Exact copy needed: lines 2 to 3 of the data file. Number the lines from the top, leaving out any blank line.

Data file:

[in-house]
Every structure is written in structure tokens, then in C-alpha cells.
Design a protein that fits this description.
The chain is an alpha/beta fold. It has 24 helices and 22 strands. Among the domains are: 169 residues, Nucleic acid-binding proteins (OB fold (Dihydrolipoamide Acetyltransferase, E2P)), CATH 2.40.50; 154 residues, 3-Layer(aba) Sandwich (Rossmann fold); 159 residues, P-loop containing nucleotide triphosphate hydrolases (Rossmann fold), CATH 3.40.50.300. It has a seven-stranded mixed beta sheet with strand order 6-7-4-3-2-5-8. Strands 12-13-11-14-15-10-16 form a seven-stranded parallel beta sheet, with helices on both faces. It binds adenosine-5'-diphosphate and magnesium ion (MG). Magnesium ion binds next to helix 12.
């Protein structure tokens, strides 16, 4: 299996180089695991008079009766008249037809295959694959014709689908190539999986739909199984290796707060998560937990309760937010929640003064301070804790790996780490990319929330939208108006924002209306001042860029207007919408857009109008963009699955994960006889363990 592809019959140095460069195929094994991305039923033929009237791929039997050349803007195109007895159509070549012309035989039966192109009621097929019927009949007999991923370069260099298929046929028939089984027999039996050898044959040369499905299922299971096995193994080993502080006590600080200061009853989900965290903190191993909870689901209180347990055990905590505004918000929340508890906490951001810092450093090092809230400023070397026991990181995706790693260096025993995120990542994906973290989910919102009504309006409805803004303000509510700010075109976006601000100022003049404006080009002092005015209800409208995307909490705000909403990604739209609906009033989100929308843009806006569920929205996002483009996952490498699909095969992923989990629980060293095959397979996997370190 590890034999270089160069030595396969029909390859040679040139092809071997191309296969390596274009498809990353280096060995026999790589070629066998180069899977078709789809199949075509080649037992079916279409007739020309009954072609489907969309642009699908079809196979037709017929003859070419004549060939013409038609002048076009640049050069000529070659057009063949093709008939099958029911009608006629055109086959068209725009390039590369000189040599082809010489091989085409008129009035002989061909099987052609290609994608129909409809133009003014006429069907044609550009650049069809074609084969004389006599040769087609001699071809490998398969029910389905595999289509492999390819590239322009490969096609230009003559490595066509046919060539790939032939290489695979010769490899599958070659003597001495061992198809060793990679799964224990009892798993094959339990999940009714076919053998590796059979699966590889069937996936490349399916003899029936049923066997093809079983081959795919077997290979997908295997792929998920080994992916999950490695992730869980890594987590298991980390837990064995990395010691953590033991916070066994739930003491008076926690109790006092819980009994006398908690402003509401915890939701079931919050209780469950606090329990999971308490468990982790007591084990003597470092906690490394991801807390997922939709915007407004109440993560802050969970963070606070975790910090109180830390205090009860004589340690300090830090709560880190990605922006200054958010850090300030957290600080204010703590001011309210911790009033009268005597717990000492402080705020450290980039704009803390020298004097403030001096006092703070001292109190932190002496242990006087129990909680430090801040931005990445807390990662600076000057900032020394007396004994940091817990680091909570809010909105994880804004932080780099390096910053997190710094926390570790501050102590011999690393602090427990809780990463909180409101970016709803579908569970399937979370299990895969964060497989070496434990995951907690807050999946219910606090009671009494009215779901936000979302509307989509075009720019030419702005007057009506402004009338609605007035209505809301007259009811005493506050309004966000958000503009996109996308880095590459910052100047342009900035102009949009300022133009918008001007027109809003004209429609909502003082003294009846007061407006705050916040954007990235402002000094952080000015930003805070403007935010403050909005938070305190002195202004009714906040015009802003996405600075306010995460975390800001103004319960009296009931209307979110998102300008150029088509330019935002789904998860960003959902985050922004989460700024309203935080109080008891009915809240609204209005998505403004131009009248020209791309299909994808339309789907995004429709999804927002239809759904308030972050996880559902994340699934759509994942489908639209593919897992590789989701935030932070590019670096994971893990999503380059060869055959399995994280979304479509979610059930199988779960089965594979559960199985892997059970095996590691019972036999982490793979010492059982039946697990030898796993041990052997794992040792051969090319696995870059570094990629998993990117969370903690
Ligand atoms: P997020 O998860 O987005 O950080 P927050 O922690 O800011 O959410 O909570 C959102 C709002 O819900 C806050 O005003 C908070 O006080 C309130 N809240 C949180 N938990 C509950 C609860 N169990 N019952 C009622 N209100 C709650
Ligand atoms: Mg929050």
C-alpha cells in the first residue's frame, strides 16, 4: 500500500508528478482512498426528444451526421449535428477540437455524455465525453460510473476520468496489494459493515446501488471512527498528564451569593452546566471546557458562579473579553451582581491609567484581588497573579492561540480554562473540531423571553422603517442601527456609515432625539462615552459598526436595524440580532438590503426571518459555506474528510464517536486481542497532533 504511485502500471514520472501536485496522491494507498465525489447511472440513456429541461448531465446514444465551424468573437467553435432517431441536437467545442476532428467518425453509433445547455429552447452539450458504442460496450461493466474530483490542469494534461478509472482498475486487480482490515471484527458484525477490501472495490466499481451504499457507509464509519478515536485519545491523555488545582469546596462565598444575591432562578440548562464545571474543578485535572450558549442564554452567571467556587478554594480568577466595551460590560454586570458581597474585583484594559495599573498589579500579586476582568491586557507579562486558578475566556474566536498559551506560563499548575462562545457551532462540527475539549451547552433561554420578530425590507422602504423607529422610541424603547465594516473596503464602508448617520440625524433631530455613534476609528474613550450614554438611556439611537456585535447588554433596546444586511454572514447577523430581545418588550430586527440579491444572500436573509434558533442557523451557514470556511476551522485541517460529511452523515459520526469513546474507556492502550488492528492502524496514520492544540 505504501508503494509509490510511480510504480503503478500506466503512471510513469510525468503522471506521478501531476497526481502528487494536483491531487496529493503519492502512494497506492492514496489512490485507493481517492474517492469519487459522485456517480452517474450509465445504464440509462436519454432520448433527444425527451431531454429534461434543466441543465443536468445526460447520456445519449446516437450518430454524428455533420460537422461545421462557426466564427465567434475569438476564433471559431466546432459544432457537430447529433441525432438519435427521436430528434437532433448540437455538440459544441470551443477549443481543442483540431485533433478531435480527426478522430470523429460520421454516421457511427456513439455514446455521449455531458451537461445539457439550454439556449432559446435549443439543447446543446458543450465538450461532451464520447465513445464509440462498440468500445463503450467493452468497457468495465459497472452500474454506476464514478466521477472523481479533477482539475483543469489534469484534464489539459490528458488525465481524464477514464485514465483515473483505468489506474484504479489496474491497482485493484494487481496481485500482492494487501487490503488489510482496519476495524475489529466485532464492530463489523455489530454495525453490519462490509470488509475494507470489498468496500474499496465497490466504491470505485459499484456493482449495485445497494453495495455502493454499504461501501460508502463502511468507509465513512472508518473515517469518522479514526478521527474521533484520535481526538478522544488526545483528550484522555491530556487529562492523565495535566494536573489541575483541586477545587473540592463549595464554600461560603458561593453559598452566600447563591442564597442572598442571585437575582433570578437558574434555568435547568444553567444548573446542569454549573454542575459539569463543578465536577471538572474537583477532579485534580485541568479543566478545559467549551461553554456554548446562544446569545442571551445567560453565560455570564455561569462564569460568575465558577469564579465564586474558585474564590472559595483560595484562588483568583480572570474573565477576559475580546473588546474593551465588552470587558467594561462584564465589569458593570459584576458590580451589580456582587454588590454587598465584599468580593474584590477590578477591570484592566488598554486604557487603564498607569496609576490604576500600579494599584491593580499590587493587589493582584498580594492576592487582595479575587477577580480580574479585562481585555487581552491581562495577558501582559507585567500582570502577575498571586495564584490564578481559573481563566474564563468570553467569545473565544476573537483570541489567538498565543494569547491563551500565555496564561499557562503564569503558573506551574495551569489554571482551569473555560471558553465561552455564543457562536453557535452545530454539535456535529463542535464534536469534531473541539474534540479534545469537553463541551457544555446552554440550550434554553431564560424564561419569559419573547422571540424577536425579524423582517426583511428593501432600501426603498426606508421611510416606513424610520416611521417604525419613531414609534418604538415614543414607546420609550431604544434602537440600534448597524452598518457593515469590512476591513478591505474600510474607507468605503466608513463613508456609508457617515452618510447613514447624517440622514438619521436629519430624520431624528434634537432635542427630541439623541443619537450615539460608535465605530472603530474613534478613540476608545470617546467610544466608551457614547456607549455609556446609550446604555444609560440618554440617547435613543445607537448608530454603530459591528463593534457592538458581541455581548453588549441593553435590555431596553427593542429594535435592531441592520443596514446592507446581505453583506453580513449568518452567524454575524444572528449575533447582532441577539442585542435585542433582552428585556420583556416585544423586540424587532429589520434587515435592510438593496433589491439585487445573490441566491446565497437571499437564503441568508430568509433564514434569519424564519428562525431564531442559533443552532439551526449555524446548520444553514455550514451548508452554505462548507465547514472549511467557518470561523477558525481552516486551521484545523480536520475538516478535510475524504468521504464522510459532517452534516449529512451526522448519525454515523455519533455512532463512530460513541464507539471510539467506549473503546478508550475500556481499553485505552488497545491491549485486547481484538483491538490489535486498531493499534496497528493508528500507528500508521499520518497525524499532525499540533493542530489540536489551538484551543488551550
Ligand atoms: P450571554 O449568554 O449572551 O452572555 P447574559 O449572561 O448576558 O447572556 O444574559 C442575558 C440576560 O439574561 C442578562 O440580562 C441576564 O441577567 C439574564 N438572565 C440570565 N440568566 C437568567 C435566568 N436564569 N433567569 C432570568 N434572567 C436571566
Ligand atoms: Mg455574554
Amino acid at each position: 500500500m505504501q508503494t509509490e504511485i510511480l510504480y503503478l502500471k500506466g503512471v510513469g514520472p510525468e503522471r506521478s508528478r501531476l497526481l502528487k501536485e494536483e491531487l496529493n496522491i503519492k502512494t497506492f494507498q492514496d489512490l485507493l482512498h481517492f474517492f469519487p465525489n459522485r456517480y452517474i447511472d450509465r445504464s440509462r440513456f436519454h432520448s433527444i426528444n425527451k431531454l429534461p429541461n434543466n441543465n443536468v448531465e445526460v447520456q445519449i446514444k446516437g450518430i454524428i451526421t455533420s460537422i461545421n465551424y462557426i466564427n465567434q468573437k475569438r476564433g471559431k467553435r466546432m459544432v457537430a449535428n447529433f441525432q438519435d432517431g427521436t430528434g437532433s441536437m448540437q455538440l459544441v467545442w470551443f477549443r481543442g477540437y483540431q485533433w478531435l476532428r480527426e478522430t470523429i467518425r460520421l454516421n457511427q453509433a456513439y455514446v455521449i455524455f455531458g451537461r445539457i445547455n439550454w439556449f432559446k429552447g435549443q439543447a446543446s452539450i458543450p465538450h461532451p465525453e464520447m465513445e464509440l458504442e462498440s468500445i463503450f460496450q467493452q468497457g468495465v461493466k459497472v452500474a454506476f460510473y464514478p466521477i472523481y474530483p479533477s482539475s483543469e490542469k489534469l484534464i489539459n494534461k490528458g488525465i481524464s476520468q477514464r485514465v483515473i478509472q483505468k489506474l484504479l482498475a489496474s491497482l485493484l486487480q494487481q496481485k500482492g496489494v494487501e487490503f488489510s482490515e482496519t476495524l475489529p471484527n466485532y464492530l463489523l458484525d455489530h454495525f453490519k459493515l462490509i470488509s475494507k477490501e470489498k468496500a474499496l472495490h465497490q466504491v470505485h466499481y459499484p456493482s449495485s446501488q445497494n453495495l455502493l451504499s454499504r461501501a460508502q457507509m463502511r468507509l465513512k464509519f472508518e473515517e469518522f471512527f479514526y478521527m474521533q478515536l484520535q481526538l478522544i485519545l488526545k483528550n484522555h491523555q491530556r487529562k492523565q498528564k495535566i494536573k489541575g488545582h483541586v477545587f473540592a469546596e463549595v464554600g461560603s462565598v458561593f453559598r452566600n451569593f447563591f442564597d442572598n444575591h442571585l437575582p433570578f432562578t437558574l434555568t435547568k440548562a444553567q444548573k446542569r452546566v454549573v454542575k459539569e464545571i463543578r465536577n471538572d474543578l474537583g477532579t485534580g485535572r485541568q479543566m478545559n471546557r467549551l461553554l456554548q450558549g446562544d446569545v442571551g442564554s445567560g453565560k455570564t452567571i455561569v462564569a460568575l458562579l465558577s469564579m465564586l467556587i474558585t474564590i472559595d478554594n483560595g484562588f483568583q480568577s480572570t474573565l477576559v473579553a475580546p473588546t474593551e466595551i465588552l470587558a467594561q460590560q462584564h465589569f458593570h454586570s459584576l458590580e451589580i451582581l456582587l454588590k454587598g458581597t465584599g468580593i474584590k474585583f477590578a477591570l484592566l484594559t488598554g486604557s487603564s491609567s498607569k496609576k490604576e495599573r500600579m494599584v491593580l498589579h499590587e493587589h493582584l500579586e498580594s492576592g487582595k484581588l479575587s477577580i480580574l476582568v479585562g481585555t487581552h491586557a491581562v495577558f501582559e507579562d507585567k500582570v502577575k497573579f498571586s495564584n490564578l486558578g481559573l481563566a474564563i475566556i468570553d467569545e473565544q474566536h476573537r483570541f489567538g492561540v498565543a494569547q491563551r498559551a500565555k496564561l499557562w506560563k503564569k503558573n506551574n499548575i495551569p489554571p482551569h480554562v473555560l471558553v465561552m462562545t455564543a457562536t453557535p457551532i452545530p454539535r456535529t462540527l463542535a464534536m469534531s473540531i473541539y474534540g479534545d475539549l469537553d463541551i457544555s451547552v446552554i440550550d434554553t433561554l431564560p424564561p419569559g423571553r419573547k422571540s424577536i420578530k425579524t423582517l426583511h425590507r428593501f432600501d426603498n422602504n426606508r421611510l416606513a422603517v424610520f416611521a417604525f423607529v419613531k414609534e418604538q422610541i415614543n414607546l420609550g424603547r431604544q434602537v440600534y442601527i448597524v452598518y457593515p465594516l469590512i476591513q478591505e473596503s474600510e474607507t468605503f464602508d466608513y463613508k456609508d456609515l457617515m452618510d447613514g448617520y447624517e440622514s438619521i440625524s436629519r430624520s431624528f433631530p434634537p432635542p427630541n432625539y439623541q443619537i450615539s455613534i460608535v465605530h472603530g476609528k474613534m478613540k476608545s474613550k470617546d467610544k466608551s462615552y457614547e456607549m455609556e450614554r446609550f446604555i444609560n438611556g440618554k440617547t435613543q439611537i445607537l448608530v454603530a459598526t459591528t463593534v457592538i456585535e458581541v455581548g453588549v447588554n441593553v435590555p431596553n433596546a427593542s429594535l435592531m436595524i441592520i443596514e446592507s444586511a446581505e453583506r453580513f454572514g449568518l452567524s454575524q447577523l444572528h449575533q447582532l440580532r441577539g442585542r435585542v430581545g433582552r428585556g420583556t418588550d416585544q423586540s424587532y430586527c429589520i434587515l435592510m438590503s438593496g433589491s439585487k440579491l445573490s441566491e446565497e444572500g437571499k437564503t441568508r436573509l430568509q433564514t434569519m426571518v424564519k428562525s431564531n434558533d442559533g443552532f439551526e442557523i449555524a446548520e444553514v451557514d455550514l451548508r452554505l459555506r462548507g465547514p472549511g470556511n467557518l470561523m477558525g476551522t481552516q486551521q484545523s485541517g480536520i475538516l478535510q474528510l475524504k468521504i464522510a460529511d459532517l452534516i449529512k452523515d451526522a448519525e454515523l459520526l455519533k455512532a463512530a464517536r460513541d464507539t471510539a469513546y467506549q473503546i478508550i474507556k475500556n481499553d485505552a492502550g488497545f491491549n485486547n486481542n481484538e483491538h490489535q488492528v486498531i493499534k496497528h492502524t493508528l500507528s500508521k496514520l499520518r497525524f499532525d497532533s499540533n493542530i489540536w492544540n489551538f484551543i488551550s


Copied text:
Every structure is written in structure tokens, then in C-alpha cells.
Design a protein that fits this description.